While the RAM is used as working memory, the computer also needs a place to store data for the longer term. Most of today’s personal computers use a hard disk for long-term data storage. A hard disk is where data is stored when the computer is turned off and where it is retrieved from when the computer is turned on. Why is it called a hard disk? A hard disk consists of a stack of disks inside a hard metal case. A floppy disk (discussed below) was a removable disk that, in some cases at least, was flexible, or “floppy.”
Hard disk enclosure (click image to enlarge) Solid-State Drives
A relatively new component becoming more common in some personal computers is the solid-state drive (SSD). The SSD performs the same function as a hard disk: long-term storage. Instead of spinning disks, the SSD uses flash memory, which is much faster.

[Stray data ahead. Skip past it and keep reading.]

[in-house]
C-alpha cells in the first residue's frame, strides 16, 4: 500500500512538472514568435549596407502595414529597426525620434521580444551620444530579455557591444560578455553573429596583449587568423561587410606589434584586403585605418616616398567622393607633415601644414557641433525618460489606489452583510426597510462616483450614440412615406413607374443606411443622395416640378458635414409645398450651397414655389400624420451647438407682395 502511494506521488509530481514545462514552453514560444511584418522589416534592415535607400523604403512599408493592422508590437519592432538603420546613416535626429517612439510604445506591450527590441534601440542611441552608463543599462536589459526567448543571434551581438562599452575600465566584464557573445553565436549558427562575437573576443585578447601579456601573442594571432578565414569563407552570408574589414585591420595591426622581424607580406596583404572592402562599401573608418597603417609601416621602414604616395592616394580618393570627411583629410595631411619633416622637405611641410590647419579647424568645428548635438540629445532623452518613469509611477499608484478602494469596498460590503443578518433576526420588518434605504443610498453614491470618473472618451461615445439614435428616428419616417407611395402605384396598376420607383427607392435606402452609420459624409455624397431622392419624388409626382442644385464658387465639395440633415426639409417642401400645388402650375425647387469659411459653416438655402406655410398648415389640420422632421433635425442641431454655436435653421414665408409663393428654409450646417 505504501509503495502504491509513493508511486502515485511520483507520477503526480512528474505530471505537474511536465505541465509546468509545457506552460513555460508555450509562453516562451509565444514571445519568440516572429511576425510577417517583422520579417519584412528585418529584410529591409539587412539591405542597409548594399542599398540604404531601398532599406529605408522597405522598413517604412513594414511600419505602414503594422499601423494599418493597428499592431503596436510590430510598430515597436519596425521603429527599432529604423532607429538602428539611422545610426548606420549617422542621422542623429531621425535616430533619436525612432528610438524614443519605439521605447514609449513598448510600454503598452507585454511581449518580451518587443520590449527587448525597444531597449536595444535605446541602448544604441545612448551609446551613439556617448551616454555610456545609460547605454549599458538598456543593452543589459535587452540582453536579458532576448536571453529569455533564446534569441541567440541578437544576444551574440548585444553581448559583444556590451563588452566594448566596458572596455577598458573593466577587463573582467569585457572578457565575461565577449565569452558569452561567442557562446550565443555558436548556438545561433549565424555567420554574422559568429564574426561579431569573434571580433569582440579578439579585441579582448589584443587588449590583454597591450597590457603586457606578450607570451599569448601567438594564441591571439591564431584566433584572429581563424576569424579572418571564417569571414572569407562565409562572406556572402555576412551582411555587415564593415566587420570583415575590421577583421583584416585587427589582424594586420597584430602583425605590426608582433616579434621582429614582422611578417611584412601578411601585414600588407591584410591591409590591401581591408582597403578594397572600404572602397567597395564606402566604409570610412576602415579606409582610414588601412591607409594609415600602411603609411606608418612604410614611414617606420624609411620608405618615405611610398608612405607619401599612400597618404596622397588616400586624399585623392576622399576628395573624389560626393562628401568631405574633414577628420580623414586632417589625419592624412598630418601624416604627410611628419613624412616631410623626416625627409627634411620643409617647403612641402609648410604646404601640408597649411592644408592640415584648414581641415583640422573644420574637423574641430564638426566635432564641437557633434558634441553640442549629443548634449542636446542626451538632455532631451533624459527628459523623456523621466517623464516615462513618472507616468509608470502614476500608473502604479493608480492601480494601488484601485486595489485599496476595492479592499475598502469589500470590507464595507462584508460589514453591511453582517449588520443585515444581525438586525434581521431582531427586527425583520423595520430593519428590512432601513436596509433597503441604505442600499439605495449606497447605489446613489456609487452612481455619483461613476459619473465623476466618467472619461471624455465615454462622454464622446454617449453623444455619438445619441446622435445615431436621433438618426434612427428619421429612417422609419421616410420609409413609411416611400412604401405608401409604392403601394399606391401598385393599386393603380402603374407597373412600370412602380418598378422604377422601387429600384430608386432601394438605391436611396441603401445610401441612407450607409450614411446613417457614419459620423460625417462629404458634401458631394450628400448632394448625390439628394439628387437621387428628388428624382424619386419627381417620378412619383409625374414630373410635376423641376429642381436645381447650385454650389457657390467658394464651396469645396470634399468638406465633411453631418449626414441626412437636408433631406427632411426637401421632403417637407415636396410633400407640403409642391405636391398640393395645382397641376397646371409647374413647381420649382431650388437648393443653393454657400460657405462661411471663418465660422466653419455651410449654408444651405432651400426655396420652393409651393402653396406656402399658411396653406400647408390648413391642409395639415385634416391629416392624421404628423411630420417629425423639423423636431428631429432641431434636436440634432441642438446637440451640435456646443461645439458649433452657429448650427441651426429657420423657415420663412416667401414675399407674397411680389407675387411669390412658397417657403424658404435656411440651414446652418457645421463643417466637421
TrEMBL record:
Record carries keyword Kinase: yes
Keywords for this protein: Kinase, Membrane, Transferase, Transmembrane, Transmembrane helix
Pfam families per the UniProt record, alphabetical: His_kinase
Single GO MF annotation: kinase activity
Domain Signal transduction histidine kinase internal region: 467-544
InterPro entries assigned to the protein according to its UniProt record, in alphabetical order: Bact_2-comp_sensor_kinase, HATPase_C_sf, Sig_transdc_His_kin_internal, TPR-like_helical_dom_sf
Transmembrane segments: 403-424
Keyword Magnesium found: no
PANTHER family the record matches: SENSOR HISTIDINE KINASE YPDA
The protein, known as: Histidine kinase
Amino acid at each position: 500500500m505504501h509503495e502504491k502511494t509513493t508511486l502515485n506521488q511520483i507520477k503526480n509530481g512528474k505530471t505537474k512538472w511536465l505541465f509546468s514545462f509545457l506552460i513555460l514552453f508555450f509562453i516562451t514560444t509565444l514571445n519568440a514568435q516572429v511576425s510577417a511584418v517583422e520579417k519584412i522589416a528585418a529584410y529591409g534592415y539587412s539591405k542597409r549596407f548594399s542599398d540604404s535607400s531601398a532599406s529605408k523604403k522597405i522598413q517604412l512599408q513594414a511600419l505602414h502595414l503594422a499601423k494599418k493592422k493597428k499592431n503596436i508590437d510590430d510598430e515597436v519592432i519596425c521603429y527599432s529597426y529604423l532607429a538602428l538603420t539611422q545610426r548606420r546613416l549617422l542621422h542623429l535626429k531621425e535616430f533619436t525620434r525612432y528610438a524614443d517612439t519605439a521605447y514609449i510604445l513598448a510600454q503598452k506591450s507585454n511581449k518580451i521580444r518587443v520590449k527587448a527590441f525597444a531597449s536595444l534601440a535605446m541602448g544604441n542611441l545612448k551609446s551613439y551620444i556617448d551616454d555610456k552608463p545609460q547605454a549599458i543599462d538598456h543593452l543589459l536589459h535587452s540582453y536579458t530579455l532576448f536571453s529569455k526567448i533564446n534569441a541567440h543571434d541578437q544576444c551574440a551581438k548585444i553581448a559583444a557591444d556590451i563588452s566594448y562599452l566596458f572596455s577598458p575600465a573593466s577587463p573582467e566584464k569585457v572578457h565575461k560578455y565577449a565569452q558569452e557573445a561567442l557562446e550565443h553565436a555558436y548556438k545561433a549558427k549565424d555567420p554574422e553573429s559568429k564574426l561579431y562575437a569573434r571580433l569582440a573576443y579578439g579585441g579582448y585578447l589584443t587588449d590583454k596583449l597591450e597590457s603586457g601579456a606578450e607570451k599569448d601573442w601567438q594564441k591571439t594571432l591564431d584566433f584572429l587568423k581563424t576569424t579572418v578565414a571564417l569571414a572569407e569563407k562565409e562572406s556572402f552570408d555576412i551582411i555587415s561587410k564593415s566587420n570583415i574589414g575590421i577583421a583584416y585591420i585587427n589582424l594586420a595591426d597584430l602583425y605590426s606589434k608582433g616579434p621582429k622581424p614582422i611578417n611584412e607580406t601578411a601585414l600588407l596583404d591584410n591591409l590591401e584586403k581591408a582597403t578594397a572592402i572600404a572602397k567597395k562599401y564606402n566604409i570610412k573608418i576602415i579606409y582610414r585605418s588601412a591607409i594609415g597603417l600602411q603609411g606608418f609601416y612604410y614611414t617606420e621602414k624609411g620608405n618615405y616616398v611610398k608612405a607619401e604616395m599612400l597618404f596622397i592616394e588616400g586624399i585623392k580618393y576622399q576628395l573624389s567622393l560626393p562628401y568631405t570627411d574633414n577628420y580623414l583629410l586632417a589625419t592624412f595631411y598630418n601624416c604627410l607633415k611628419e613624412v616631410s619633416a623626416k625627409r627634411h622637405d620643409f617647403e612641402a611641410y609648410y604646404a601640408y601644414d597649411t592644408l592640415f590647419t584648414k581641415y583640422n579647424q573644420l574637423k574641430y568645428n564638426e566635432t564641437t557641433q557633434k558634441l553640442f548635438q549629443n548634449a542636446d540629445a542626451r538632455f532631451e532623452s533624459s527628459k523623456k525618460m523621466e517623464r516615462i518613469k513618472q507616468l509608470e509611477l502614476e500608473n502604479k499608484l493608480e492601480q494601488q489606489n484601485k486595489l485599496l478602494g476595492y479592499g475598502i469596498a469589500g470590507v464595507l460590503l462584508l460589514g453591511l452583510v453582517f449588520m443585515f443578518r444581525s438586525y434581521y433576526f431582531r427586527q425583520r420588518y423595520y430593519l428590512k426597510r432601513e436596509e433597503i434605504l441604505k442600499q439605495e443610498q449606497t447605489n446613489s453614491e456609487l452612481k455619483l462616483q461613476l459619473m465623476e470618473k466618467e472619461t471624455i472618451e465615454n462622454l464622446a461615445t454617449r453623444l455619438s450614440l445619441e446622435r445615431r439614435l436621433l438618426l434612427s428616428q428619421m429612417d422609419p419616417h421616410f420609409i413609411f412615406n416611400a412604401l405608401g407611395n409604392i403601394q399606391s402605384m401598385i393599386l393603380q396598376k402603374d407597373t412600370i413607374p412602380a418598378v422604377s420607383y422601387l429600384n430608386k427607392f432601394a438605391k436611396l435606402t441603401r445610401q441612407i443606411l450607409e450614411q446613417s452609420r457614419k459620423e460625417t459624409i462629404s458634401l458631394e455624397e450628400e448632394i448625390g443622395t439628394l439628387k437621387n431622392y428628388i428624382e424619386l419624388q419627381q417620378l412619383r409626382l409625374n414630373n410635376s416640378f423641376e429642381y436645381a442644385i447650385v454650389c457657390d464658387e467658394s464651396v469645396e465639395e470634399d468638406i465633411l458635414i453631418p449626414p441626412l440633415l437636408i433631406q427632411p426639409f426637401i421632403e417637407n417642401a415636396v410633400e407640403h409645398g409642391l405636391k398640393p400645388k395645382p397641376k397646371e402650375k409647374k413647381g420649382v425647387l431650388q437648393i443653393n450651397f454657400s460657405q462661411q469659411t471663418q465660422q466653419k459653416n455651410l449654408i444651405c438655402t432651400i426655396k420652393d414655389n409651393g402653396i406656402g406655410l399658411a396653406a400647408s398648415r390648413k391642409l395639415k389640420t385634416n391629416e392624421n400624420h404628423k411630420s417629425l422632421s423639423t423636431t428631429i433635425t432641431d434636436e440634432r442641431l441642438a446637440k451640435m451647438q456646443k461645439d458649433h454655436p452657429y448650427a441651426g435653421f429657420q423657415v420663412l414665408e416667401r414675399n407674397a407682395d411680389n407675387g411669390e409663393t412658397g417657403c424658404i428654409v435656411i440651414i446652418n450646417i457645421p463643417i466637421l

Solid-state drives are currently quite a bit more expensive than hard disks. However, the use of flash memory instead of disks makes them much lighter and faster than hard disks. SSDs are primarily utilized in portable computers, making them lighter and more efficient. Some computers combine the two storage technologies, using the SSD for the most accessed data (such as the operating system) while using the hard disk for data that is accessed less frequently. As with any technology, Moore’s Law is driving up capacity and speed and lowering prices of solid-state drives, which will allow them to proliferate in the years to come.